Category Archives: Paul Simon

Paul Simon: One Trick Pony (1980)

Paul Simon’s fourth post-Garfunkel solo album, One Trick Pony, is the soundtrack to the movie of the same name. The film was pretty much ignored on release, both by audiences and by critics — its IMDB entry has only four critic reviews. But one of those is by Roger Ebert, who to my mind stands alone among movie critics, and he rightly recognised it as “a wonderful movie, an affectionate character study with a lot of good music in it”.

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Paul Simon: Still Crazy After All These Years (1975)

After 1973’s uncharacteristically upbeat There Goes Rhymin’ Simon, Paul Simon’s next release was the enjoyable but inessential single live album Live Rhymin’ (1974). But his subsequent studio album stands among his very best work — an anthology of ten very different songs that nevertheless cohere around Simon’s underlying theme: a growing concern that, at the age of 34, he had passed his creative peak, couldn’t successfully settle in a relationship, and had tied himself into decisions that he might now make differently.

As I write this at age 48, Simon has just released Stranger to Stranger at age 74. The idea that he was once 34 seems impossibly distant; and the idea that he could have worried then about being past his prime nothing short of absurd. Yet that concern, treated in Simon’s distinctively whimsical and self-deprecatory manner, gave rise to a masterpiece.

Paul Simon - Still Crazy After All These Years - Front
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Paul Simon: There Goes Rhymin’ Simon (1973)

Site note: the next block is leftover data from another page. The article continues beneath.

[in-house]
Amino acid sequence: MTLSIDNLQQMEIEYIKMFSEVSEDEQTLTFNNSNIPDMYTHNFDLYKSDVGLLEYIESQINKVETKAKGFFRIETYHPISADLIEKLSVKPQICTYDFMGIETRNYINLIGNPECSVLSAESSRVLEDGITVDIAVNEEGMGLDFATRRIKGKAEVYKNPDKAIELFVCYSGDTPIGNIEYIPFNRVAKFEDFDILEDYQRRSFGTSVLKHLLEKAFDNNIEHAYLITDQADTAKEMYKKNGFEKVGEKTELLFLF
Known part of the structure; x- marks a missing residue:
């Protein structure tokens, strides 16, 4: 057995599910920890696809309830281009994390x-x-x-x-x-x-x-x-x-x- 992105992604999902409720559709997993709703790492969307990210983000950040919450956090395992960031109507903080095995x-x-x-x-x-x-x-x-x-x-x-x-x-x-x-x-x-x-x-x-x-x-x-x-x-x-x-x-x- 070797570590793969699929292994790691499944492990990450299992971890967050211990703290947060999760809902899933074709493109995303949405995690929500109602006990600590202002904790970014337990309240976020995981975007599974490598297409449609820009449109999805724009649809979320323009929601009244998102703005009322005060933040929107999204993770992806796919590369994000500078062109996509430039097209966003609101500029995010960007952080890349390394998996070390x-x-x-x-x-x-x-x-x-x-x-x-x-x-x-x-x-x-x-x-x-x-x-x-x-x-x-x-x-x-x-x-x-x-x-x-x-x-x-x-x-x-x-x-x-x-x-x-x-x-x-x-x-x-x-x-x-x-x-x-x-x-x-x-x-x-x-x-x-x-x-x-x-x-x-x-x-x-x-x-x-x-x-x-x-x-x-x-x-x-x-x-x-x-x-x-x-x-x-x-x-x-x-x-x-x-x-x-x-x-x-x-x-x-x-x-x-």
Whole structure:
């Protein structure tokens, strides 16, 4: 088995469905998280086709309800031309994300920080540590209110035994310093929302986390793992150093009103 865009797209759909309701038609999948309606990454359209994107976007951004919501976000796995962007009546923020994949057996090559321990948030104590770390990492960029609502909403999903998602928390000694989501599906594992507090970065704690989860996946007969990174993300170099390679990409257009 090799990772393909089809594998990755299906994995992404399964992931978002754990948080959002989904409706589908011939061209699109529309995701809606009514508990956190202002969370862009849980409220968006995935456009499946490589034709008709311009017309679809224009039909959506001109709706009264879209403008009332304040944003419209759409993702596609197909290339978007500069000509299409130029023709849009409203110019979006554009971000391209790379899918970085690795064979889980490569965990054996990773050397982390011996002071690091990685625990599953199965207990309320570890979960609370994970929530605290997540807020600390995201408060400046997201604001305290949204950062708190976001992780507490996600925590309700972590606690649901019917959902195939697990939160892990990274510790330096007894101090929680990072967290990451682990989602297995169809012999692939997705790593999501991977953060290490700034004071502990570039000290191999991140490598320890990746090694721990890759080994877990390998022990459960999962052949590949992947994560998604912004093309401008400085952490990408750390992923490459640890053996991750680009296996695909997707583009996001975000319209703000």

From the very first bars of the first song on Paul Simon’s second post-Garfunkel solo album, there’s a completely different feel from the previous year’s self-titled album. If I had to pick a single word to summarise how that album feels it would be “weary”; for this album, that word would be “sunny”.  [Listen on Grooveshark.]

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Paul Simon: Paul Simon (1972)

After the break-up of Simon and Garfunkel, following 1970’s Bridge Over Troubled Water, Art Garfunkel went into acting and schoolteaching for three years before resuming his singing career with a series of solo albums that most have considered rather bland. (That verdict seems supported by my experience of Breakaway (1975), but since that’s the only album of his that I know, I’m not really qualified to offer an opinion on whether it’s generally justified.)

Art Garfunkel (left) and Paul Simon (right), pre-breakup.

But everyone knew that the real talent in S&G lay with S., Mr. Paul Simon — the writer of all their songs, the crafter of what are widely recognised as some of the best lyrics in popular music, and (what is less often realised) an outstanding guitarist. He was always going to continue as a musician, and there was every reason to expect his solo albums to be as good as those he’d recorded with Garfunkel.

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